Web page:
TikTok fined $367 million for how it handled children’s data

Today, Ireland’s Data Protection Commission (DPC) announced a €345 million (around $367 million) fine on TikTok for how the company processes the data of children. The fine follows an investigation by the DPC announced in 2021 that looked at TikTok’s compliance with Europe’s General Data Protection Regulation (GDPR) laws. Politico reported in August that the DPC was preparing to issue its penalty.

The probe focused on a few TikTok features: default account settings; “Family Pairing” settings; and age verification. After consulting with the European Data Protection Board, the DPC found that TikTok set children’s accounts to public by default when they signed up on the platform. That meant that kids’ videos were publicly viewable by default and that comments, duets, and Stitch features were also enabled by default.

Family Pairing, a feature introduced by TikTok in 2020, allows children’s accounts to be linked with a separate adult account, in theory to manage app settings like limiting screen time and restricting direct messages and content that may not be appropriate. The DPC found that children’s TikTok accounts could be linked to profiles that the company hadn’t verified belonged to a parent or guardian. Once linked, the child’s profile settings could be loosened by the adult user to allow DMs.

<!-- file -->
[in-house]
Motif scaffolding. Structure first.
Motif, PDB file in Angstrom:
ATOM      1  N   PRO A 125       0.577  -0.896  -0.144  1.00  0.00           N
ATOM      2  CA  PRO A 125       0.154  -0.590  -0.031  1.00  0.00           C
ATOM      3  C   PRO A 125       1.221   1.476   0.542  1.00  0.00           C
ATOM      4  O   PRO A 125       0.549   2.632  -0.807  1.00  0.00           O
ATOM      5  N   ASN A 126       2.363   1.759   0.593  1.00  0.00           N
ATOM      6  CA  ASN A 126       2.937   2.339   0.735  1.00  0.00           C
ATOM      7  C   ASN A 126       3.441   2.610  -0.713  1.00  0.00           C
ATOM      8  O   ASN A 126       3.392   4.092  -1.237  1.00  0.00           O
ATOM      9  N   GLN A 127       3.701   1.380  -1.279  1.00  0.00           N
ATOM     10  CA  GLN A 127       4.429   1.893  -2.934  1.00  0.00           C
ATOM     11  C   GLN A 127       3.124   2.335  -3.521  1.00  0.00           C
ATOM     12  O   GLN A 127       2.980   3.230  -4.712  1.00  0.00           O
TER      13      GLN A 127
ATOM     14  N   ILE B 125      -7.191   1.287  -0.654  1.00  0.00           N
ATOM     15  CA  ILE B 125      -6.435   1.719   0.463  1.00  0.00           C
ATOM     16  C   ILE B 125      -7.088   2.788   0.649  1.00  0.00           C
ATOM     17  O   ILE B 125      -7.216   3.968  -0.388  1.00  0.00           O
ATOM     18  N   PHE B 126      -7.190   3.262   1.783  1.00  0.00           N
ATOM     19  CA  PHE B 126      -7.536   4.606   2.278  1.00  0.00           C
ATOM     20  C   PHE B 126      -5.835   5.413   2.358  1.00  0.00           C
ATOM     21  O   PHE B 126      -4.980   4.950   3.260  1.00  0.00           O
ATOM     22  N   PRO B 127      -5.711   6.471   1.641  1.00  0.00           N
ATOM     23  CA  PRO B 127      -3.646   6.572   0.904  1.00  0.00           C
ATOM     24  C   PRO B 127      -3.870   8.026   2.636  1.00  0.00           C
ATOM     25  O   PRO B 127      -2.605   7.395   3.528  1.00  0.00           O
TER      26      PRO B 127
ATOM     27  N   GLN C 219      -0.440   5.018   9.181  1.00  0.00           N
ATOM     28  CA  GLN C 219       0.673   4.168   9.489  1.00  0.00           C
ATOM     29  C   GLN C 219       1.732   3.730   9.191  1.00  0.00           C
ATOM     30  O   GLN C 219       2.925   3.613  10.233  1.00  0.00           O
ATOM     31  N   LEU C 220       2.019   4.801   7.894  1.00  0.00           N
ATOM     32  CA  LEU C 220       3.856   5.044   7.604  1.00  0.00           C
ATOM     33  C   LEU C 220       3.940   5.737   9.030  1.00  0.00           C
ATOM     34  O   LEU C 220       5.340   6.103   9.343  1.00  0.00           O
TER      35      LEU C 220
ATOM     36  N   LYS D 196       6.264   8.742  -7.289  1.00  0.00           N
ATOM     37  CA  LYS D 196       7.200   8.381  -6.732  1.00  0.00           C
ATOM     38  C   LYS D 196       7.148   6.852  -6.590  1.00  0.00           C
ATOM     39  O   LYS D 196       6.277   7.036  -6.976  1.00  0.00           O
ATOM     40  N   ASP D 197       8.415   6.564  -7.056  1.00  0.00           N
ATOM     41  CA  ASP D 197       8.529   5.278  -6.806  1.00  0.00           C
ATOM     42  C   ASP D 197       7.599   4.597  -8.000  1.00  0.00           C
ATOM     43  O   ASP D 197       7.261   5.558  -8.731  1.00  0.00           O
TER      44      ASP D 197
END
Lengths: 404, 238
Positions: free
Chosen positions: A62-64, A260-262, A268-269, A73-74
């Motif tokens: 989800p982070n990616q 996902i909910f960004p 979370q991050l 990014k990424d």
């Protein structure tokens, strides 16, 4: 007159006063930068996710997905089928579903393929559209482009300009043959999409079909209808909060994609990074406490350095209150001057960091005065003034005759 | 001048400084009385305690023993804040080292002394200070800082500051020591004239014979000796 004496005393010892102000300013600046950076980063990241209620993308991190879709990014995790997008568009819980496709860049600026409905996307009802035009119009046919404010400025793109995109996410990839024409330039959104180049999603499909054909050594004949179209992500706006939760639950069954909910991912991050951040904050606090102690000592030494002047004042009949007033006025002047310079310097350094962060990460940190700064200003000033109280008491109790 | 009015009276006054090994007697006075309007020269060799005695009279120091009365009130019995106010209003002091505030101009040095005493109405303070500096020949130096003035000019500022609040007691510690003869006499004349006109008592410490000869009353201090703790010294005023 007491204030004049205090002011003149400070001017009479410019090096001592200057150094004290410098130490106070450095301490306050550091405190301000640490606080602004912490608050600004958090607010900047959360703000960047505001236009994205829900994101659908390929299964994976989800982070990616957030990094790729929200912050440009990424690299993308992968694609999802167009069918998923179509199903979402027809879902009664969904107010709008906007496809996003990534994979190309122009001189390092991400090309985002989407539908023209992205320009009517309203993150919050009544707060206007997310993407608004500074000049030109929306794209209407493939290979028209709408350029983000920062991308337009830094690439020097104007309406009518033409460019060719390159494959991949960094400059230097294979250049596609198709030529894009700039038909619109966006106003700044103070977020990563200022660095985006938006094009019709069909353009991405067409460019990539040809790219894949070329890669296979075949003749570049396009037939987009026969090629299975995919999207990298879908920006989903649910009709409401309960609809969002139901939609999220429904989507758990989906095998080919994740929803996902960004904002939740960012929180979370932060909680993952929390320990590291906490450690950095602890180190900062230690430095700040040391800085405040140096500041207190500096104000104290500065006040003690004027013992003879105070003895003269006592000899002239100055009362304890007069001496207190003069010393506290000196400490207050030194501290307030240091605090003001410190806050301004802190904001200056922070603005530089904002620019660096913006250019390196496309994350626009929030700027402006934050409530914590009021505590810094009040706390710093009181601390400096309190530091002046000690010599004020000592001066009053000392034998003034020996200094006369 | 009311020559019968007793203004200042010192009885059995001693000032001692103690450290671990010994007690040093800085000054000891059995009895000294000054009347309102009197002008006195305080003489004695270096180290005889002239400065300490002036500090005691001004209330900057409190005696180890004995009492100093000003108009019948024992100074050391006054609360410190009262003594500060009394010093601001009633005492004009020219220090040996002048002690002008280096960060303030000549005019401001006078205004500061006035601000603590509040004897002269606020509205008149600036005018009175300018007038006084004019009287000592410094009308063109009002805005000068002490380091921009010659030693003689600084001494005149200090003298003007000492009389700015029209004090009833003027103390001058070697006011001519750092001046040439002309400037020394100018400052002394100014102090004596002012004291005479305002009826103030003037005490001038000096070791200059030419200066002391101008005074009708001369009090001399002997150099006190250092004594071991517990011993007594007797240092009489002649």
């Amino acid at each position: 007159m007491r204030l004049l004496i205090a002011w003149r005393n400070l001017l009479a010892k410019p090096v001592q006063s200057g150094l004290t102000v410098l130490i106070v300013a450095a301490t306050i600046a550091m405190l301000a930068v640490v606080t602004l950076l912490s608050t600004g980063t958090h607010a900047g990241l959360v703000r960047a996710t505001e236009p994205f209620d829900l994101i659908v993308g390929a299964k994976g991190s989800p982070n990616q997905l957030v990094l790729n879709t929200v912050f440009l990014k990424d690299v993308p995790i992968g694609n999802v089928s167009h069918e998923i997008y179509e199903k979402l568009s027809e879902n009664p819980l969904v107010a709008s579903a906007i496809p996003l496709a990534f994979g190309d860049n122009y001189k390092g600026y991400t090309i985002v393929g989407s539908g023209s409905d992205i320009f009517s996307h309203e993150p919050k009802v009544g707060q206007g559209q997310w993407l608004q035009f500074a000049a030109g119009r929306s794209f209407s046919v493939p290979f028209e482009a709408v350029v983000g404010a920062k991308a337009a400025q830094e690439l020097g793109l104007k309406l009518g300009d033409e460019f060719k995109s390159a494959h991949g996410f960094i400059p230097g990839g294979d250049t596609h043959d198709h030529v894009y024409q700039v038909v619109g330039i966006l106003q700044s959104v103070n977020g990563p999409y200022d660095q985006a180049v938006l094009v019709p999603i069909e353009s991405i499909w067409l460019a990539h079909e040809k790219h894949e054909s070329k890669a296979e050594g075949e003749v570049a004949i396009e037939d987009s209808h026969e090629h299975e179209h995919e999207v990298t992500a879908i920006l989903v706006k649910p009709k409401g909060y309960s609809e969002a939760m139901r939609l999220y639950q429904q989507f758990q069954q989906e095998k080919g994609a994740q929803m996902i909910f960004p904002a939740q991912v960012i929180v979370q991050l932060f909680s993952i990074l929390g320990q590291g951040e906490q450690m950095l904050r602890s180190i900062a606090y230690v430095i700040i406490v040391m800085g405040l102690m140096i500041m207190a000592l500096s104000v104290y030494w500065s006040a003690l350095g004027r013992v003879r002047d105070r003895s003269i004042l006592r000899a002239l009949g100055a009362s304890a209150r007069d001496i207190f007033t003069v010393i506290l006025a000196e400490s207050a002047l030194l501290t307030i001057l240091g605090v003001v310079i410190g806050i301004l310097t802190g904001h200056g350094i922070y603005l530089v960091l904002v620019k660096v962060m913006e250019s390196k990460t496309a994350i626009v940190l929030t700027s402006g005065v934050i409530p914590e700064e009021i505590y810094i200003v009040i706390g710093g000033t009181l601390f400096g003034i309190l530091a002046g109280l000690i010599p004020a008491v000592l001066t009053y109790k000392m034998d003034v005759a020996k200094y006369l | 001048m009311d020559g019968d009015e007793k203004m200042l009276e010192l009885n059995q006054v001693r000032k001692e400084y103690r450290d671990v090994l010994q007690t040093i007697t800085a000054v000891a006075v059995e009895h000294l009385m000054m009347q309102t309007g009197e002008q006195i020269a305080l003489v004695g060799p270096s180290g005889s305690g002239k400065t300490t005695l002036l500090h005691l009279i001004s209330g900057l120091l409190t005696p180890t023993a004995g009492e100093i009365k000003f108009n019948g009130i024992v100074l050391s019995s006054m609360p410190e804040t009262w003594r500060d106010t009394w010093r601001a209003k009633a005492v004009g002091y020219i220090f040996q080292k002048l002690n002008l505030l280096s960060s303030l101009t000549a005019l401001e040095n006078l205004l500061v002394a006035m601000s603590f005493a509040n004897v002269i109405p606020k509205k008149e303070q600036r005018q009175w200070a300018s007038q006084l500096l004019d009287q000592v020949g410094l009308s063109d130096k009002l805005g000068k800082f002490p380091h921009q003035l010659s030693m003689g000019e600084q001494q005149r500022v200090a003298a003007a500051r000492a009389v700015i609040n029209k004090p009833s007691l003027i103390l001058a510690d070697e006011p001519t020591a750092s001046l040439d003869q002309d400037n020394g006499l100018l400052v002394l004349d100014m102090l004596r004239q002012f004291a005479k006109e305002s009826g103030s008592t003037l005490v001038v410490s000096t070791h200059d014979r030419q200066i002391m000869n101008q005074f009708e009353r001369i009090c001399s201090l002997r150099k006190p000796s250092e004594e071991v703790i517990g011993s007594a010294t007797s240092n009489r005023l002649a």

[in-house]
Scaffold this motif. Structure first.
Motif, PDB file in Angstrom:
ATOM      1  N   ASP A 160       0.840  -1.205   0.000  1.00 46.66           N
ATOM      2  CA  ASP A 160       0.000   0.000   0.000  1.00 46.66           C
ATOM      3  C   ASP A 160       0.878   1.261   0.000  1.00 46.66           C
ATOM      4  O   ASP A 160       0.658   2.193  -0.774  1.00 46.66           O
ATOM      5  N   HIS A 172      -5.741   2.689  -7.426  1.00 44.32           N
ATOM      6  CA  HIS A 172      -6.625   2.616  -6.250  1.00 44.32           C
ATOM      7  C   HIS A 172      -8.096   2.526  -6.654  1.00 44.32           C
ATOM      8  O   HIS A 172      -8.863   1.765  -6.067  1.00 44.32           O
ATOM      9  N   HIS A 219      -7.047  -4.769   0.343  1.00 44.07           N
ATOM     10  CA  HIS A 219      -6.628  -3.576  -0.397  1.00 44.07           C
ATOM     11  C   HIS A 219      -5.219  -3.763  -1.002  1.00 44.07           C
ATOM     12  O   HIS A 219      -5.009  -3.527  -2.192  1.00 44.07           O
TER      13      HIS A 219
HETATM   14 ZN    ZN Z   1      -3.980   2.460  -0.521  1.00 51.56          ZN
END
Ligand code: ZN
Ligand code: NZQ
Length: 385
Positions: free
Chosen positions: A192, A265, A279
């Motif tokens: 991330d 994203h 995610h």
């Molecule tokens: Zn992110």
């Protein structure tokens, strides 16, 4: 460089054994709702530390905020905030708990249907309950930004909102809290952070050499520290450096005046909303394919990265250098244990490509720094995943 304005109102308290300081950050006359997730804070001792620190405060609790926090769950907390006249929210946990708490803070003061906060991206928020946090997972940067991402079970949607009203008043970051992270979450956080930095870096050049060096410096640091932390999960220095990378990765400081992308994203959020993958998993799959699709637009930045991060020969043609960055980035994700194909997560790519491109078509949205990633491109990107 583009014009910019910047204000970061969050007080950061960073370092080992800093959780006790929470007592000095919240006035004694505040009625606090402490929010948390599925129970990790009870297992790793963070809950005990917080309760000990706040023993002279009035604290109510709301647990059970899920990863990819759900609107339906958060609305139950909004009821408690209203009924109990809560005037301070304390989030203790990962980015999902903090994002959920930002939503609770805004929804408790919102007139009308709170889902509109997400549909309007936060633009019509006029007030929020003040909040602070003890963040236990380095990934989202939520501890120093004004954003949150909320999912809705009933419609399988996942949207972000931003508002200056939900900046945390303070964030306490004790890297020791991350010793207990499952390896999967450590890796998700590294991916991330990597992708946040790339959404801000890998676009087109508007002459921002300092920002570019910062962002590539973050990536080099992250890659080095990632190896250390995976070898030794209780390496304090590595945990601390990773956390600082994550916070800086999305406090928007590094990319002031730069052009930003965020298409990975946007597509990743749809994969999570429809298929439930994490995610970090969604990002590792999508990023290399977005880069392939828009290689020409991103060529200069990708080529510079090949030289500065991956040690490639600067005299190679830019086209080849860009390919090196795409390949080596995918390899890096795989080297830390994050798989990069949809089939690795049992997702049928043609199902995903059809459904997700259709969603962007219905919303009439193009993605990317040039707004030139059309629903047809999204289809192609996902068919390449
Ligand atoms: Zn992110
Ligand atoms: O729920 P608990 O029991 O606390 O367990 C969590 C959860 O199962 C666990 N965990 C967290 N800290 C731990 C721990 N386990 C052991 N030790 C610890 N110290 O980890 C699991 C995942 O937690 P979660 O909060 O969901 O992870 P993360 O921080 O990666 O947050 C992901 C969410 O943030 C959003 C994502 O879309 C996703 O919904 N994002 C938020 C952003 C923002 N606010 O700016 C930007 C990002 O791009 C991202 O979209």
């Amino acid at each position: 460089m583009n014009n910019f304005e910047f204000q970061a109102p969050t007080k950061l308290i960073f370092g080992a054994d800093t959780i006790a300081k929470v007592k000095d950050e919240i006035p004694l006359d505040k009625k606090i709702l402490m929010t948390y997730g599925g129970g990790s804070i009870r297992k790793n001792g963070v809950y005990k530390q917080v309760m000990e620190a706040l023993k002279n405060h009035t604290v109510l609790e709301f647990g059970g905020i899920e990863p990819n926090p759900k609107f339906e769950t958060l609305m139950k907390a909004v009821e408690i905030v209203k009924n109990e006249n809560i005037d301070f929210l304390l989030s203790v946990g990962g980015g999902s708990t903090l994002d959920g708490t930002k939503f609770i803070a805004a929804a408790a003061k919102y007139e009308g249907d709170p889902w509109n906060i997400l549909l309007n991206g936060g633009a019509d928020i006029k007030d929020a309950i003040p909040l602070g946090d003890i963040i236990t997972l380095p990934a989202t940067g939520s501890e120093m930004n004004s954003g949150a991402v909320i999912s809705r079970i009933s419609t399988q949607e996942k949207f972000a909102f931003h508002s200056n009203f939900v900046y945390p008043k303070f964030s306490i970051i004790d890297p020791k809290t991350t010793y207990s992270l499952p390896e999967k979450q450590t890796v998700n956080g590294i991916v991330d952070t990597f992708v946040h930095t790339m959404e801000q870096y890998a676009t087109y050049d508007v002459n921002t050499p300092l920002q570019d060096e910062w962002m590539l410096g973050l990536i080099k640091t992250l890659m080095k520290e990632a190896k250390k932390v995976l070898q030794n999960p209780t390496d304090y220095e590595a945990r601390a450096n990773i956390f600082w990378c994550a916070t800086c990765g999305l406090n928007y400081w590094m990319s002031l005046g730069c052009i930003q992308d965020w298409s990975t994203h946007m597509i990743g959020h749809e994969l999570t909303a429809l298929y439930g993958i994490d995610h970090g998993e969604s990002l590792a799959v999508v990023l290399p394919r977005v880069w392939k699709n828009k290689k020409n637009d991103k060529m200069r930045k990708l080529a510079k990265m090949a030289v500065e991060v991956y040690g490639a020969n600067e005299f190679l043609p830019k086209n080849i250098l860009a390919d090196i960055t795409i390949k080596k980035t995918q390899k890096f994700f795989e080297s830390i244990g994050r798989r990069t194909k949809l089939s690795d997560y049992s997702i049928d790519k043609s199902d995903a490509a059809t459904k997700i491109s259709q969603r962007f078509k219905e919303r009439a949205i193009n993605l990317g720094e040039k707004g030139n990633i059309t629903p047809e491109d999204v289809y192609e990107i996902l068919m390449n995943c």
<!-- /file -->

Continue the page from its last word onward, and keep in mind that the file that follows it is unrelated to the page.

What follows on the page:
One sticking point is whether TikTok did enough to keep kids below its 13-year minimum age off the platform through age verification. Though the decision found TikTok’s age verification methods weren’t in violation of GDPR laws, it determined the company hadn’t sufficiently protected the privacy of children under 13 who were able to sign up for an account.

In 2021, TikTok tightened privacy settings on accounts belonging to users aged 13 to 15, making them more private by default. TikTok will have three months to bring its practices into compliance.

Other social media platforms have been fined by the DPC for similar infractions related to young users. Meta was fined more than $400 million in 2022 because it allowed teen Instagram users to sign up for business profiles, making their contact information public, among other things.

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